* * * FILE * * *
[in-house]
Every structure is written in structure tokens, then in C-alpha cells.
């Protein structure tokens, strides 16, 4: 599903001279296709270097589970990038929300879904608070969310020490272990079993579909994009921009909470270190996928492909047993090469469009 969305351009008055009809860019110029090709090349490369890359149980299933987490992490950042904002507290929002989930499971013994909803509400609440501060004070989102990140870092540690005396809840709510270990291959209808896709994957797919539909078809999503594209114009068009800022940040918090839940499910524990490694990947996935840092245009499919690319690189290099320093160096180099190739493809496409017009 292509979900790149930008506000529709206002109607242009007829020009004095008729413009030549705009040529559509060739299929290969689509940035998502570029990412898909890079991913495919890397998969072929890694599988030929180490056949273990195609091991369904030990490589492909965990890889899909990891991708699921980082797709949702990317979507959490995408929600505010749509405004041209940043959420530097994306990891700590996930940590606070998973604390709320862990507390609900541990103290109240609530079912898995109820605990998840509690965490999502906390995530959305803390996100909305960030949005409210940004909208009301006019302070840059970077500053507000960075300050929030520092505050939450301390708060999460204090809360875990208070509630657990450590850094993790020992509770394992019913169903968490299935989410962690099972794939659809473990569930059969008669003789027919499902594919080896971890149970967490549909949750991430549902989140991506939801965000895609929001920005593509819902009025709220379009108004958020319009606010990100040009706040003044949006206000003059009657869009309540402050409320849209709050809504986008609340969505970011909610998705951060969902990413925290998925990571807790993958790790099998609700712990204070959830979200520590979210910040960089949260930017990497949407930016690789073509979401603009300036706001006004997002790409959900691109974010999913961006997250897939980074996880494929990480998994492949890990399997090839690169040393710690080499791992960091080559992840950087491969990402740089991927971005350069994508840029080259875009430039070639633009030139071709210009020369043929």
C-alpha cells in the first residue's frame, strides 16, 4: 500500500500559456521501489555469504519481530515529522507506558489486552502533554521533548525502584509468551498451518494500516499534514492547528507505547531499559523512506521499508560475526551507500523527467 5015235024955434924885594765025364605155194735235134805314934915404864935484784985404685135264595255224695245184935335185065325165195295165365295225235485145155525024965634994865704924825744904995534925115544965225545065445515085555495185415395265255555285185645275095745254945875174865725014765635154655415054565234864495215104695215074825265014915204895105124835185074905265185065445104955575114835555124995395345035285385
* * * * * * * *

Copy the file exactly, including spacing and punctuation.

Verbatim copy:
[in-house]
Every structure is written in structure tokens, then in C-alpha cells.
């Protein structure tokens, strides 16, 4: 599903001279296709270097589970990038929300879904608070969310020490272990079993579909994009921009909470270190996928492909047993090469469009 969305351009008055009809860019110029090709090349490369890359149980299933987490992490950042904002507290929002989930499971013994909803509400609440501060004070989102990140870092540690005396809840709510270990291959209808896709994957797919539909078809999503594209114009068009800022940040918090839940499910524990490694990947996935840092245009499919690319690189290099320093160096180099190739493809496409017009 292509979900790149930008506000529709206002109607242009007829020009004095008729413009030549705009040529559509060739299929290969689509940035998502570029990412898909890079991913495919890397998969072929890694599988030929180490056949273990195609091991369904030990490589492909965990890889899909990891991708699921980082797709949702990317979507959490995408929600505010749509405004041209940043959420530097994306990891700590996930940590606070998973604390709320862990507390609900541990103290109240609530079912898995109820605990998840509690965490999502906390995530959305803390996100909305960030949005409210940004909208009301006019302070840059970077500053507000960075300050929030520092505050939450301390708060999460204090809360875990208070509630657990450590850094993790020992509770394992019913169903968490299935989410962690099972794939659809473990569930059969008669003789027919499902594919080896971890149970967490549909949750991430549902989140991506939801965000895609929001920005593509819902009025709220379009108004958020319009606010990100040009706040003044949006206000003059009657869009309540402050409320849209709050809504986008609340969505970011909610998705951060969902990413925290998925990571807790993958790790099998609700712990204070959830979200520590979210910040960089949260930017990497949407930016690789073509979401603009300036706001006004997002790409959900691109974010999913961006997250897939980074996880494929990480998994492949890990399997090839690169040393710690080499791992960091080559992840950087491969990402740089991927971005350069994508840029080259875009430039070639633009030139071709210009020369043929």
C-alpha cells in the first residue's frame, strides 16, 4: 500500500500559456521501489555469504519481530515529522507506558489486552502533554521533548525502584509468551498451518494500516499534514492547528507505547531499559523512506521499508560475526551507500523527467 5015235024955434924885594765025364605155194735235134805314934915404864935484784985404685135264595255224695245184935335185065325165195295165365295225235485145155525024965634994865704924825744904995534925115544965225545065445515085555495185415395265255555285185645275095745254945875174865725014765635154655415054565234864495215104695215074825265014915204895105124835185074905265185065445104955575114835555124995395345035285385